Violent encounters: The screen sizzles with the eye candy and special effects of swinging blades, exploding gunshots and magical spells unleashed during every battle. Each battle ends with either a hero slumped over in defeat or a terminated enemy disappearing in a melting black form. A menu displays a team’s statistical accomplishments.

Read all about it: There is no comic book for the latest game, but Final Fantasy XII had its own manga series in 2006. Check out the One Manga Web site (www.onemanga.com) for the first three translated chapters, available to read online.

Pixel-popping scale: 9.5 out of 10. The Final Fantasy series has constantly set the benchmark for photo-realistic, computer-generated animation, and the latest game never stops eliciting gasps from viewers. The cut scenes are an anchor here; we easily get a director’s-cut-length movie for gawking.

As far as the live action, having to focus on menus in the corner of the screen in order to perform attacks during battles leaves little time for one’s eyes to drink in the actual results. Audience members tell me it’s stunning.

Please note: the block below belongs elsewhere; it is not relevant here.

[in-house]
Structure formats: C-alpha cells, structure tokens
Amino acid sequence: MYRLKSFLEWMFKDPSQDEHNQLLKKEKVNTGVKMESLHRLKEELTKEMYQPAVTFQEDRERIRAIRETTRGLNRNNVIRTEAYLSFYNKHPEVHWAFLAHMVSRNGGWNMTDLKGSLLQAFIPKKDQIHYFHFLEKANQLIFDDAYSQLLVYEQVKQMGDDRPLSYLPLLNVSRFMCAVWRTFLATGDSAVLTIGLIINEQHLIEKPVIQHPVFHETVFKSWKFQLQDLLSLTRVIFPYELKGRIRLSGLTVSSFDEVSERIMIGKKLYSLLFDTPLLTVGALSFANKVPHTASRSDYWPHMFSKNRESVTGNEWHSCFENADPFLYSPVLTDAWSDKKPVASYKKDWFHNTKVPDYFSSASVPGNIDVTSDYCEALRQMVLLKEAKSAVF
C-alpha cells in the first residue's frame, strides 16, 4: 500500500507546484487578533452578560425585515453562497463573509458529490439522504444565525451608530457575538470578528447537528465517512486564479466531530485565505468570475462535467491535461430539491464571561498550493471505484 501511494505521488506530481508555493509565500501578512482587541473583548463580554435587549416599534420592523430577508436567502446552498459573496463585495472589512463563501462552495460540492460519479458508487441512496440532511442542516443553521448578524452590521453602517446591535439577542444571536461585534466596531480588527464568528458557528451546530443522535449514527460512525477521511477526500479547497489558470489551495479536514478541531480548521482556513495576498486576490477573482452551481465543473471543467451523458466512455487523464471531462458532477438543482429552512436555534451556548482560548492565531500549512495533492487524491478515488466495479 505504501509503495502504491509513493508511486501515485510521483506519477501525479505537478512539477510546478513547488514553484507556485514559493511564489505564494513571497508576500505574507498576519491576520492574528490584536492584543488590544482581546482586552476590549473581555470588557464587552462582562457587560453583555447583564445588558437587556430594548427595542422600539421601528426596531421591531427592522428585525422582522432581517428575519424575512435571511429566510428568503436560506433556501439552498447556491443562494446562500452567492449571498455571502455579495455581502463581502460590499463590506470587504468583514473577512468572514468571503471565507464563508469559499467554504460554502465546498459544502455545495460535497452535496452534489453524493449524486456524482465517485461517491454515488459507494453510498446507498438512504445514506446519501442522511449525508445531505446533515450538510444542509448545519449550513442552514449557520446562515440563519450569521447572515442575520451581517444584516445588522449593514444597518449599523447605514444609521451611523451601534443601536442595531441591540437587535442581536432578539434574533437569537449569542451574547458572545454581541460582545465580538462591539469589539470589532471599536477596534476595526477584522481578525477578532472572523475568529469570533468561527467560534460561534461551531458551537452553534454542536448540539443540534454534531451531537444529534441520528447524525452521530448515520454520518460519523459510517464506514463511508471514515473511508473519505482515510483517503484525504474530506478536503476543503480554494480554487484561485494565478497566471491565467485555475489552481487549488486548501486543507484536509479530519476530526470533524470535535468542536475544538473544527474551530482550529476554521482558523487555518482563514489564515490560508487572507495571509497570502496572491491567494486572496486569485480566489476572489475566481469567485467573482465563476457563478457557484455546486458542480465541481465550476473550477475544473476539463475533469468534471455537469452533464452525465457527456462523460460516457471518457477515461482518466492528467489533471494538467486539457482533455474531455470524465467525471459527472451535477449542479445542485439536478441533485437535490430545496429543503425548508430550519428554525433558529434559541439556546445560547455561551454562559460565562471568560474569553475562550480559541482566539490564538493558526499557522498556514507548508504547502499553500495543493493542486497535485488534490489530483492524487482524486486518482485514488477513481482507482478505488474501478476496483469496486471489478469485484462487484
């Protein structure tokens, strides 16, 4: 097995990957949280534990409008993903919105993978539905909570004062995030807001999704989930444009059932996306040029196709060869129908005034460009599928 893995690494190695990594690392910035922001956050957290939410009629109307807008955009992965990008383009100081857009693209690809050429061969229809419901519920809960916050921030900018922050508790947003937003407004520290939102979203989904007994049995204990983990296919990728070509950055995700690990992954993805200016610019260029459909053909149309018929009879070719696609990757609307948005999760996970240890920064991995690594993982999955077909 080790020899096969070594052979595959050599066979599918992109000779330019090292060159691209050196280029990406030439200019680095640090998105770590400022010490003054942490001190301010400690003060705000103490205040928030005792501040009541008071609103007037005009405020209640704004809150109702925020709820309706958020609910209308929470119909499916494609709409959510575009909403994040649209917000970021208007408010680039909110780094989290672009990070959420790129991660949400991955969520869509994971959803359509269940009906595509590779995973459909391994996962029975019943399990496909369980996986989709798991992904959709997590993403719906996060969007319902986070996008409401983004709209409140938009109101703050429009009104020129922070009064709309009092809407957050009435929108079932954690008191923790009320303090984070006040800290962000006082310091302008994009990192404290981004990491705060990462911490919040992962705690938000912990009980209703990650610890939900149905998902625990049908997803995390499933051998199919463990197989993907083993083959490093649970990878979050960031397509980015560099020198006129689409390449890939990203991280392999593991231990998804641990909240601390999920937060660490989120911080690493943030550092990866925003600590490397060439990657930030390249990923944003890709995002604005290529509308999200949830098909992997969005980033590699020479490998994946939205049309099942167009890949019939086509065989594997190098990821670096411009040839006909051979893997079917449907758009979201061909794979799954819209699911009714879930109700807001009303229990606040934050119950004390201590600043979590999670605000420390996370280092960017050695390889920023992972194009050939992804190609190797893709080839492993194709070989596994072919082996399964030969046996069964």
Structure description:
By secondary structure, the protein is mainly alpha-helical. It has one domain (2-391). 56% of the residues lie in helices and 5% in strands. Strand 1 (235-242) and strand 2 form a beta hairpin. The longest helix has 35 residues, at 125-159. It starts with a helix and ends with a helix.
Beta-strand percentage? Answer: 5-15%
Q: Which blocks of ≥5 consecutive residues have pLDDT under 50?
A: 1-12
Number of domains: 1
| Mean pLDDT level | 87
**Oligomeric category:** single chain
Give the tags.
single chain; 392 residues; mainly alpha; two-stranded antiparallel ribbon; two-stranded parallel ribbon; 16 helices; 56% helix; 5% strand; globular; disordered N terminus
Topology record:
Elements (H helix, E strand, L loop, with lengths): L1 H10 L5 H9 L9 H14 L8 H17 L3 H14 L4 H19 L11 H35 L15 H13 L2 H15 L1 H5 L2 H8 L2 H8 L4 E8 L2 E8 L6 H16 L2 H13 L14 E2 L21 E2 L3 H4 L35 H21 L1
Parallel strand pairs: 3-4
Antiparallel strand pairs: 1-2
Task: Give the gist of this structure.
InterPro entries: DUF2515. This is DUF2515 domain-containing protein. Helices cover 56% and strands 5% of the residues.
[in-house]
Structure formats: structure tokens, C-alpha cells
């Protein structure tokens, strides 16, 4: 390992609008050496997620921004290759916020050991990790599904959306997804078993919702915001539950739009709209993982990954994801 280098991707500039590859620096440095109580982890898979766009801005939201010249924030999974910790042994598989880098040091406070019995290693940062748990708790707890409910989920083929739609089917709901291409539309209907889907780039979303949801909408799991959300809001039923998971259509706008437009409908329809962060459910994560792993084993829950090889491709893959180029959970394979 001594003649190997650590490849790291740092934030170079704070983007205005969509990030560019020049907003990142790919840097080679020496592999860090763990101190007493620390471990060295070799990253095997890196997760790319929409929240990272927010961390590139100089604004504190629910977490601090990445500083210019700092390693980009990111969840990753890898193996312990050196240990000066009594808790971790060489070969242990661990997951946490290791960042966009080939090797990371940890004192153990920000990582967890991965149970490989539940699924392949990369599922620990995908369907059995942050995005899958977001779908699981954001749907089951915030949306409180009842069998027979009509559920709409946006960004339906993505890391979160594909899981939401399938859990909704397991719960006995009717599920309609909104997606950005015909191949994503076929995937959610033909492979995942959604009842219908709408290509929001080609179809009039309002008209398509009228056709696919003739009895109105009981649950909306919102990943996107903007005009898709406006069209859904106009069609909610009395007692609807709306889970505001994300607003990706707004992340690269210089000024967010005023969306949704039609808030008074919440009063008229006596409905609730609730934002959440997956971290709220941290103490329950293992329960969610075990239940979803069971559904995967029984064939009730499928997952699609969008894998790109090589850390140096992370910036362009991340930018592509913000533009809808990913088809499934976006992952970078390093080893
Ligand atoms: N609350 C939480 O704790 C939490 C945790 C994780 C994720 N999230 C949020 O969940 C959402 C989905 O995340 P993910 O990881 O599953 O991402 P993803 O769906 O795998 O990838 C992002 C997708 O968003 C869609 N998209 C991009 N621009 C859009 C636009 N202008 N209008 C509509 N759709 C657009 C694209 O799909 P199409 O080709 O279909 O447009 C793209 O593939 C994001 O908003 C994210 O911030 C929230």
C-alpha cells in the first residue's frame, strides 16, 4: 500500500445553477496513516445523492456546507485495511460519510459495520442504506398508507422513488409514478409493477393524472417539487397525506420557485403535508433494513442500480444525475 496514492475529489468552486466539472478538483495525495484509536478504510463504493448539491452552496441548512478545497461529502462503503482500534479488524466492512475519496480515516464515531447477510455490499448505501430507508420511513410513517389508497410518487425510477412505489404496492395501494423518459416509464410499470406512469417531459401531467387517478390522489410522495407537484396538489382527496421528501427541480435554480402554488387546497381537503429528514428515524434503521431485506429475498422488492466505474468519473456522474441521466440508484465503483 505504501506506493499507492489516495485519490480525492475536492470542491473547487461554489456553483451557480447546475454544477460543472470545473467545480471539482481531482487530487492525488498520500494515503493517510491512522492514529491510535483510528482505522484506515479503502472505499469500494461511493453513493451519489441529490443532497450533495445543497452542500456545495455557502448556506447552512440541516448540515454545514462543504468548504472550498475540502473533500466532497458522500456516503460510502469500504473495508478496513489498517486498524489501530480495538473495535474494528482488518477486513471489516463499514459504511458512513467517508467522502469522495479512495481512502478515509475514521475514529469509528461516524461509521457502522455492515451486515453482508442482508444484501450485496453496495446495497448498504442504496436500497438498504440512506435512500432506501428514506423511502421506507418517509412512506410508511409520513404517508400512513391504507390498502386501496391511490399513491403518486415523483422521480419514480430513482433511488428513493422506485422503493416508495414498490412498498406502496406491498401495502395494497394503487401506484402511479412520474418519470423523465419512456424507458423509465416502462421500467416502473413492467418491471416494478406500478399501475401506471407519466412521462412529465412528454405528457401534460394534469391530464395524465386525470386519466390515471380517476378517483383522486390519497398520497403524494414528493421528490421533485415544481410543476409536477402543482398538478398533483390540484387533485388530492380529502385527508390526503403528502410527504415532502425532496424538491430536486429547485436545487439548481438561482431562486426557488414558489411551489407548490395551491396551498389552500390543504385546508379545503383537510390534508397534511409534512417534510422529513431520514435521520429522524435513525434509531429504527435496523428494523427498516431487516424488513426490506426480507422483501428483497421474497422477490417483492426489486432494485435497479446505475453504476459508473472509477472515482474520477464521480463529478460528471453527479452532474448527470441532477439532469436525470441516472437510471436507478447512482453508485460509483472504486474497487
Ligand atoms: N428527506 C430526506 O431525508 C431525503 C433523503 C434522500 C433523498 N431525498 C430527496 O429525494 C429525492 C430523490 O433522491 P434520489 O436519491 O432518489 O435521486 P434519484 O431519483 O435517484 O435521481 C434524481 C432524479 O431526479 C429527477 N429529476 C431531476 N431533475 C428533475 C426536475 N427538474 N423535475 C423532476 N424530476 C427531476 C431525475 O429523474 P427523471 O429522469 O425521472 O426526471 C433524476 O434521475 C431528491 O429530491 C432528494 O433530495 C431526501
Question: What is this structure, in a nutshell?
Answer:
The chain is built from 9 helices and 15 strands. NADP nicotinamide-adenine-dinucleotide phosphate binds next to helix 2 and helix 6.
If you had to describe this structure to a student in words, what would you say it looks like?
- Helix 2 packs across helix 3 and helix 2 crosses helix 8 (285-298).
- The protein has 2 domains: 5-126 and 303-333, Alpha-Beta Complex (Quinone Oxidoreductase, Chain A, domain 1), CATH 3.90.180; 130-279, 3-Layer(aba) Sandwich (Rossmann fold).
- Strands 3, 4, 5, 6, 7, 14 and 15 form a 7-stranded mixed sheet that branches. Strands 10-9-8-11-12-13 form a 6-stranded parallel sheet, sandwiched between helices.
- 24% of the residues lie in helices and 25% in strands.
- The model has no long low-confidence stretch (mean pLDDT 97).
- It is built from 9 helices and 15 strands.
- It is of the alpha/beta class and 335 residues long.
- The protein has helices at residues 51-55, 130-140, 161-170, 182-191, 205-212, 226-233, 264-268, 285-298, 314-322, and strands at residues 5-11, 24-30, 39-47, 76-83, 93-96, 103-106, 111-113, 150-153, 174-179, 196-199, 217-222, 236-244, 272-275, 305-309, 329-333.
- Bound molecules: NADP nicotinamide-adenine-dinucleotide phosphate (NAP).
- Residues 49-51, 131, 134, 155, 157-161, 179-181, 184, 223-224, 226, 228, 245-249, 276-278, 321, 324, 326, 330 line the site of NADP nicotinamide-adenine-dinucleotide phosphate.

Also, as spectacular as the game looks, the musical score from Masashi Hamauzu totally undermines the on-screen drama and emotional impact as it meanders through scenes and battles.

Extras: An extensive Datalog acts as an on-screen instruction manual and encyclopedia, delving into the rich history and culture of Cocoon, covering everything from the War of Transgression to the mighty fal’Cie Phoenix.

What’s it worth? In this age of ultimate management and immediacy, I wish Final Fantasy XIII offered better character control and got more quickly to its strategic, interactive mix of action. Although it’s truly a digital masterpiece and an artistic achievement for the video-game medium, its developers revel in their wonderland but seem to forget what made the expansive role-playing elements of the Final Fantasy series so great.